Paul Taylor

Prime Time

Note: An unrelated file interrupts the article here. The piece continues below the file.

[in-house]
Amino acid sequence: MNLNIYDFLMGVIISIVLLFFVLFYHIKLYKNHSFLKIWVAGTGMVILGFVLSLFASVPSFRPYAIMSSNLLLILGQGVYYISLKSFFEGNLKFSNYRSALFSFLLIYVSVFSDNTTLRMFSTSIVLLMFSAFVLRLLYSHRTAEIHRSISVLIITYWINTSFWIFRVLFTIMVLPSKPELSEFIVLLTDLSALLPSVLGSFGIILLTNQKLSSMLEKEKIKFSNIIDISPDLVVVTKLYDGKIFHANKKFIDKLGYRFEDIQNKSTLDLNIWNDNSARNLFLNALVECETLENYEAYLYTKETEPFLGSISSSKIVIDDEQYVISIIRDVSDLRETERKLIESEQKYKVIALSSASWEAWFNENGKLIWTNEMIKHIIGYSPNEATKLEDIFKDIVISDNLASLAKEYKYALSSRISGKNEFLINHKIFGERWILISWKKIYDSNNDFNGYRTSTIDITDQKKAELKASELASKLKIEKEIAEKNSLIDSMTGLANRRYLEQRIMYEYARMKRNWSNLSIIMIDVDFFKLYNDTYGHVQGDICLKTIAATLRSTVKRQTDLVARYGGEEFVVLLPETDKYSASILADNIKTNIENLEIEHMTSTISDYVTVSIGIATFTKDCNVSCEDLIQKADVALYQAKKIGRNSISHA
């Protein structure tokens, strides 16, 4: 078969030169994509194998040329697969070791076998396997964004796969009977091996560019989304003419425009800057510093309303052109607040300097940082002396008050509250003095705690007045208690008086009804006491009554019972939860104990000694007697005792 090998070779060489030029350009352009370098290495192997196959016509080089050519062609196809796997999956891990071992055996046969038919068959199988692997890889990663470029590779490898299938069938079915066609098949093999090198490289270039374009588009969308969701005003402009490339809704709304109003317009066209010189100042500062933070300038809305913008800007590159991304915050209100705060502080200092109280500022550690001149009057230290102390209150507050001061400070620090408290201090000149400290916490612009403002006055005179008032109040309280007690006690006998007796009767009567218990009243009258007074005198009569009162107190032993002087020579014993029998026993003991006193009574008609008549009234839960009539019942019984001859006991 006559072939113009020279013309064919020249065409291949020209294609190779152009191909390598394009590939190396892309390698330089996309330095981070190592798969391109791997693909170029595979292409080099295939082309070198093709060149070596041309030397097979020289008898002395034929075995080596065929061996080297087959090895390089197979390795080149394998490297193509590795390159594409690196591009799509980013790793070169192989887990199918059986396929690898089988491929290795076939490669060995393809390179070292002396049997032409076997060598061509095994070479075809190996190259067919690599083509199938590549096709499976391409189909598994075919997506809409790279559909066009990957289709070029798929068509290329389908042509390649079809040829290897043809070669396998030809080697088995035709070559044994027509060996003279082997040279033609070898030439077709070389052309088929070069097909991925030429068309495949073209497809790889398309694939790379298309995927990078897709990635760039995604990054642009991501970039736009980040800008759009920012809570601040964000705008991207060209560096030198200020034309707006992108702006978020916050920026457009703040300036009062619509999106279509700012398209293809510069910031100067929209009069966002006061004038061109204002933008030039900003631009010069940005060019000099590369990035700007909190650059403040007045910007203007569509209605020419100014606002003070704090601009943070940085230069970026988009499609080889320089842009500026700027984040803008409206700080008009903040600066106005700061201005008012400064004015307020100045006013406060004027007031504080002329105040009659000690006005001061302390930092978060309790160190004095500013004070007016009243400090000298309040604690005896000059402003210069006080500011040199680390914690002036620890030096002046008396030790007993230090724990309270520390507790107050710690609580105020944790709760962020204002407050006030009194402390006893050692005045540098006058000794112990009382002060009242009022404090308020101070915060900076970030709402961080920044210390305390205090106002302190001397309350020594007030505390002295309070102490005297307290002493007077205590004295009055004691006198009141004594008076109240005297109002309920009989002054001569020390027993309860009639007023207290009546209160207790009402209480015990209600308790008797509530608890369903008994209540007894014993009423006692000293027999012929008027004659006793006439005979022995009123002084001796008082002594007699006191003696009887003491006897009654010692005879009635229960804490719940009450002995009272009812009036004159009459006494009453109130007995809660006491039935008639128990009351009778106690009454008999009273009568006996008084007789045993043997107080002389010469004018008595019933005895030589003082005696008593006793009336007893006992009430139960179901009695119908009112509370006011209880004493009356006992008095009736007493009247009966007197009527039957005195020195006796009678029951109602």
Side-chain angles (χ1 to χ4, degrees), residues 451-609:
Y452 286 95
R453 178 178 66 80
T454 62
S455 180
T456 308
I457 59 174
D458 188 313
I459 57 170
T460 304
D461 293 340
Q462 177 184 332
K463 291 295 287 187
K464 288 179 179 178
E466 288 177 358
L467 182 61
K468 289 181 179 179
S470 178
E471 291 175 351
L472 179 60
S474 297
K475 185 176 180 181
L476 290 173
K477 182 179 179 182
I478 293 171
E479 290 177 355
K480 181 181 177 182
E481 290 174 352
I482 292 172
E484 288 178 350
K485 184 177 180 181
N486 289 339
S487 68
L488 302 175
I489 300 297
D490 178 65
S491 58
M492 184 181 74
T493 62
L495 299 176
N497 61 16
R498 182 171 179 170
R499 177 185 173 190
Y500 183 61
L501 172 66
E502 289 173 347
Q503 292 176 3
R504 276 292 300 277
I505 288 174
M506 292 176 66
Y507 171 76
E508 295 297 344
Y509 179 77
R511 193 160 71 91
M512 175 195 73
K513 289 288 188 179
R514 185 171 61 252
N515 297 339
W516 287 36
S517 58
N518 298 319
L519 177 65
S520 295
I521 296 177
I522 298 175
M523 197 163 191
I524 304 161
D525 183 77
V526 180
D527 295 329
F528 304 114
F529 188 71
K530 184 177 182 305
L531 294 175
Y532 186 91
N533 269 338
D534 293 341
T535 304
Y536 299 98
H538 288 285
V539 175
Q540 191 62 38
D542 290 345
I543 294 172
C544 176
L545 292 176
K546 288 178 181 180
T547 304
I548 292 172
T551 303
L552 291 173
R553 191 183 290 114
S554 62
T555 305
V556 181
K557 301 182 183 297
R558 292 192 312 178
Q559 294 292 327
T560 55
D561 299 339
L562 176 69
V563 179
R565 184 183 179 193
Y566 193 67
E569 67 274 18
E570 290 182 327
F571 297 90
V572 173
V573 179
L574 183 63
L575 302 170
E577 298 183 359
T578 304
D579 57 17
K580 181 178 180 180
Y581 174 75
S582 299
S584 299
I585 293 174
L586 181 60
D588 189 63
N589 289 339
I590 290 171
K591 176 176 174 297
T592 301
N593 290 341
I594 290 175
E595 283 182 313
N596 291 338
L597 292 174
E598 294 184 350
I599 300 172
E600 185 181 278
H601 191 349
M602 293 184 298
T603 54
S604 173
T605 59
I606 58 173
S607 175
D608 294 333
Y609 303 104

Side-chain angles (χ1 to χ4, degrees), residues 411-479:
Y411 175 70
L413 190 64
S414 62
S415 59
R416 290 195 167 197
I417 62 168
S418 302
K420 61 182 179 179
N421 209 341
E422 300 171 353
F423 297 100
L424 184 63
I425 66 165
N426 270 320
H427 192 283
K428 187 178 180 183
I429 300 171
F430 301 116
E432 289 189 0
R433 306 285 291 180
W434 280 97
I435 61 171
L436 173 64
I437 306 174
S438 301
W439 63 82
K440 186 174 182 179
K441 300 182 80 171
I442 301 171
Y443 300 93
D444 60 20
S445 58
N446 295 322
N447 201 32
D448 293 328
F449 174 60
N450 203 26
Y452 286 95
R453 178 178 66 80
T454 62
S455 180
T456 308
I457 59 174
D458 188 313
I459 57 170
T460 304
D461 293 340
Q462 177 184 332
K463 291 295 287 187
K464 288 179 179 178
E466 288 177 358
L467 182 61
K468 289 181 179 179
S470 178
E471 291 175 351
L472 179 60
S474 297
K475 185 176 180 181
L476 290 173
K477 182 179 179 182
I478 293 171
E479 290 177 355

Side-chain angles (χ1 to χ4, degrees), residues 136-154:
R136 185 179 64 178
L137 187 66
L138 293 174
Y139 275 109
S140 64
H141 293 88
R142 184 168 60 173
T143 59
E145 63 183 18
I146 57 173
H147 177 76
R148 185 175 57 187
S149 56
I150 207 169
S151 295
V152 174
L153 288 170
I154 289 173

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Saxophonist Paul Taylor is primarily an instrumentalist, but ironically, the best tracks on his albums are usually the ones that feature vocalists -- and that holds true on Prime Time, which is mostly an instrumental smooth jazz album but features R&B singers on occasion. The vocal offerings include "Space" (which features singer Andrea Anderson-Olson) and "Can't Nobody," which features Jamie Jones of All-4-One fame; both are medium-tempo R&B of the urban contemporary variety. Taylor solos on both tunes, but the vocal performances make them the best tracks on this 2011 release. Unfortunately, the instrumentals on Prime Time aren't nearly as substantial, which isn't surprising given Taylor's history. Since the 1990s, the Denver native has been playing "safe sax" of the Kenny G/Dave Koz/Richard Elliot/George Howard variety; that approach has made him a favorite on smooth jazz stations, but for those who are interested in hearing more than just lightweight background music, that automatic-pilot approach gets old in a hurry. From "Moment of Truth" to "Laronda" to "Say No More," Prime Time is full of formulaic instrumentals that are more than happy to fade into the background. Prime Time also includes a note-for-note cover of the Kings of Leon's 2008 hit "Use Somebody," which Taylor performs as an instrumental. Some jazz purists would fault Taylor for embracing something by an alternative pop/rock group like Kings of Leon, but there is absolutely nothing wrong with Taylor recording "Use Somebody." The fact is that jazz instrumentalists have a long history of taking mainstream popular songs and using them as vehicles for personal expression. Regrettably, what Taylor does with "Use Somebody" sounds vacuous and superficial rather than personal, which is a shame because like so many people in smooth jazz, Taylor has the chops and the talent to offer more than just elevator music. But again, Prime Time has its moments -- and "Can't Nobody" and "Space" are easy to like even though Taylor, from a creative standpoint, sells himself short on the smooth jazz instrumentals that dominate this 41-minute CD.

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